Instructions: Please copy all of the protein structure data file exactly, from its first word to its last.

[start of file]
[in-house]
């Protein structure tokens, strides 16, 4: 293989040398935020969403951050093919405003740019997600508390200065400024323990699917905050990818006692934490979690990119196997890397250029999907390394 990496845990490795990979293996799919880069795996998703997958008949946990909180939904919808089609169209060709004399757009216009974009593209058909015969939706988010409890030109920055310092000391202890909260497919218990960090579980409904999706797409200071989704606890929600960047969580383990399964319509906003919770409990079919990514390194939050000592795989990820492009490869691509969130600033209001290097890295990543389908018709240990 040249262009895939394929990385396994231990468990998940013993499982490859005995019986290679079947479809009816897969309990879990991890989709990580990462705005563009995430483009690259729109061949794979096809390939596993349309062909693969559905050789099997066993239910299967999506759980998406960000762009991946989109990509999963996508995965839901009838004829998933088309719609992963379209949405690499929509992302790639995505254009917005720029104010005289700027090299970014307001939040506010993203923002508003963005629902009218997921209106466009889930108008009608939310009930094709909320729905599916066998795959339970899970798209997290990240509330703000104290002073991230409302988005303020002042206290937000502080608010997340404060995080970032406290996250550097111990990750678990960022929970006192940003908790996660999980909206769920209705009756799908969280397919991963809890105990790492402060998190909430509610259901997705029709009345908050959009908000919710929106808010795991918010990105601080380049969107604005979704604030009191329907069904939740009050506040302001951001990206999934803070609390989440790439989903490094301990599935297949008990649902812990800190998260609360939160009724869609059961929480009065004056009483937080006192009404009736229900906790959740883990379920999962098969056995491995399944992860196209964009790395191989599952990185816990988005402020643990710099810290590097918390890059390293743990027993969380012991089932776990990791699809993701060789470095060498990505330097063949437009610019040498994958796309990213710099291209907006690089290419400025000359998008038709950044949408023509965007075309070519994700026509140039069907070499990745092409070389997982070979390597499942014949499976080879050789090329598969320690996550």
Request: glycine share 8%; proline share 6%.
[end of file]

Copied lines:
[in-house]
């Protein structure tokens, strides 16, 4: 293989040398935020969403951050093919405003740019997600508390200065400024323990699917905050990818006692934490979690990119196997890397250029999907390394 990496845990490795990979293996799919880069795996998703997958008949946990909180939904919808089609169209060709004399757009216009974009593209058909015969939706988010409890030109920055310092000391202890909260497919218990960090579980409904999706797409200071989704606890929600960047969580383990399964319509906003919770409990079919990514390194939050000592795989990820492009490869691509969130600033209001290097890295990543389908018709240990 040249262009895939394929990385396994231990468990998940013993499982490859005995019986290679079947479809009816897969309990879990991890989709990580990462705005563009995430483009690259729109061949794979096809390939596993349309062909693969559905050789099997066993239910299967999506759980998406960000762009991946989109990509999963996508995965839901009838004829998933088309719609992963379209949405690499929509992302790639995505254009917005720029104010005289700027090299970014307001939040506010993203923002508003963005629902009218997921209106466009889930108008009608939310009930094709909320729905599916066998795959339970899970798209997290990240509330703000104290002073991230409302988005303020002042206290937000502080608010997340404060995080970032406290996250550097111990990750678990960022929970006192940003908790996660999980909206769920209705009756799908969280397919991963809890105990790492402060998190909430509610259901997705029709009345908050959009908000919710929106808010795991918010990105601080380049969107604005979704604030009191329907069904939740009050506040302001951001990206999934803070609390989440790439989903490094301990599935297949008990649902812990800190998260609360939160009724869609059961929480009065004056009483937080006192009404009736229900906790959740883990379920999962098969056995491995399944992860196209964009790395191989599952990185816990988005402020643990710099810290590097918390890059390293743990027993969380012991089932776990990791699809993701060789470095060498990505330097063949437009610019040498994958796309990213710099291209907006690089290419400025000359998008038709950044949408023509965007075309070519994700026509140039069907070499990745092409070389997982070979390597499942014949499976080879050789090329598969320690996550």
Request: glycine share 8%; proline share 6%.